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Despite blood condition,he fights to get into Civil Services

At first sight,26-year-old Sukhsohit Singh looks like just another student with a success story behind him.

Written by Dipankar Ghose | New Delhi |
June 16, 2011 1:17:16 am

At first sight,26-year-old Sukhsohit Singh looks like just another student with a success story behind him. He topped the commerce stream among Kendriya Vidyalayas in the Chandigarh region in 2002,and later attained the first position in Masters in Public Administration at Panjab University. Then,after studying for 15 hours a day,he achieved the 883rd rank in the UPSC examinations.

However,what really sets Singh apart from the rest is the fact that he managed all this while battling thalassemia major,a disease that requires him to get a blood transfusion once in three weeks.

But what should have been an inspirational tale was cut short when Singh was declared “medically unfit for all services” by Delhi’s Safdarjung Hospital. Recalling the day his dreams were rudely shattered,he said,“I was called on February 9,2011,for a medical check up at the hospital. They gave me a report,which said I am unfit for all services. It is unconstitutional.”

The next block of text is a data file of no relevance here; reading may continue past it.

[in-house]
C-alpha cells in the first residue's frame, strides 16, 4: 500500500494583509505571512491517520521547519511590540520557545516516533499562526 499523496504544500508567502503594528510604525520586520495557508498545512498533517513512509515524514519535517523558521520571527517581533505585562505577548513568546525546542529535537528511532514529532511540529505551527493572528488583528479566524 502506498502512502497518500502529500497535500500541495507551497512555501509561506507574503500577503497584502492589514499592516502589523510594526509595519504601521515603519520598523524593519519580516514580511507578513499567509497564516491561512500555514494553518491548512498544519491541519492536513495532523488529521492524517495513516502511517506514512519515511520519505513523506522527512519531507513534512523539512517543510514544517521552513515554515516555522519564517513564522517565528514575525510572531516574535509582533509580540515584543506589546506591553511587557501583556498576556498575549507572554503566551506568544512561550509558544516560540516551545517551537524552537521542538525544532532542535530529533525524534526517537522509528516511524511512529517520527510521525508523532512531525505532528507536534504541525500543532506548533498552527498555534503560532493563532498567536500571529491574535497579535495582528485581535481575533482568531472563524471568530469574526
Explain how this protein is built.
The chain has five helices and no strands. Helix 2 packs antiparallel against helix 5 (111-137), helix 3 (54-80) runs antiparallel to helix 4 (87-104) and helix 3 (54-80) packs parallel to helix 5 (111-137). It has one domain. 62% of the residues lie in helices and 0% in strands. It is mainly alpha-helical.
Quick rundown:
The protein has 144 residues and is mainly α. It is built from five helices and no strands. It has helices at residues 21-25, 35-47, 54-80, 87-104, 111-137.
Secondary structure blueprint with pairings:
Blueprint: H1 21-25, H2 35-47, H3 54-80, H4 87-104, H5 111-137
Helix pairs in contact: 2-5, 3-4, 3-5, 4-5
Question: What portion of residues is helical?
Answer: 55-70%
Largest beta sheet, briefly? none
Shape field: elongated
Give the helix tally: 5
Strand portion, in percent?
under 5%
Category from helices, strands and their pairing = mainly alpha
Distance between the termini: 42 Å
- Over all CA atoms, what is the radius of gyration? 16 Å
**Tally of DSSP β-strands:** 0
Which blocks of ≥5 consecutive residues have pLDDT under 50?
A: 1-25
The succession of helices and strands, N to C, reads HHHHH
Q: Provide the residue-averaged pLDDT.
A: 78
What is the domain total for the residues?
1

Singh filed an appeal with the department of Personnel and Training challenging the verdict,after which he was called for a second medical test at the Ram Manohar Lohia Hospital. “But I am not very hopeful of things working out. The RML authorities said they were bound by the Government of India Gazette,and so I don’t know if anything different will happen now.”

The results of the second medical test are still awaited.

Singh argues that the Government of India Gazette makes a clear distinction between ‘technical’ and ‘non-technical services’. Non-technical services are of the kind that do not require physical exertion. For non-technical services,the Government of India Gazette,Appendix III,says,“To be fit for appointment,a candidate must be in good mental and bodily health,with no condition that is likely to interfere with efficient performance.”

“I had chosen non-technical services such as the Indian Defence Accounts Service and the Indian Railway Accounts Service. I am fit for them,” Singh said. To back his claim,Singh had taken with him to Safdarjung Hospital a report from Dr R K Marwaha,senior oncologist,Post Graduate Institute of Medical Education and Research,Chandigarh,declaring him fit for service.

Dr Deepak Chopra,president,Thalassemics India,said,“Thalassemia patients live absolutely normal lives as long as they get blood transfusions once in three weeks. The decision to debar him from all services is unfair and will prove to be a deterrent for other patients like him. The government must realise what these children go through,and in that light,review this completely unjust decision.”

However,the boy has not lost hope yet. Such is Singh’s determination to get into the Civil Services that he gave the entrance again this year in order to achieve a higher ranking. “Even though I achieved what I did by working through all these problems,I still have to run from pillar to post to achieve my dream,” Singh said.

Singh,who is doing his PhD,also has an offer from the University of Kent to pursue a Masters degree in International Relations.

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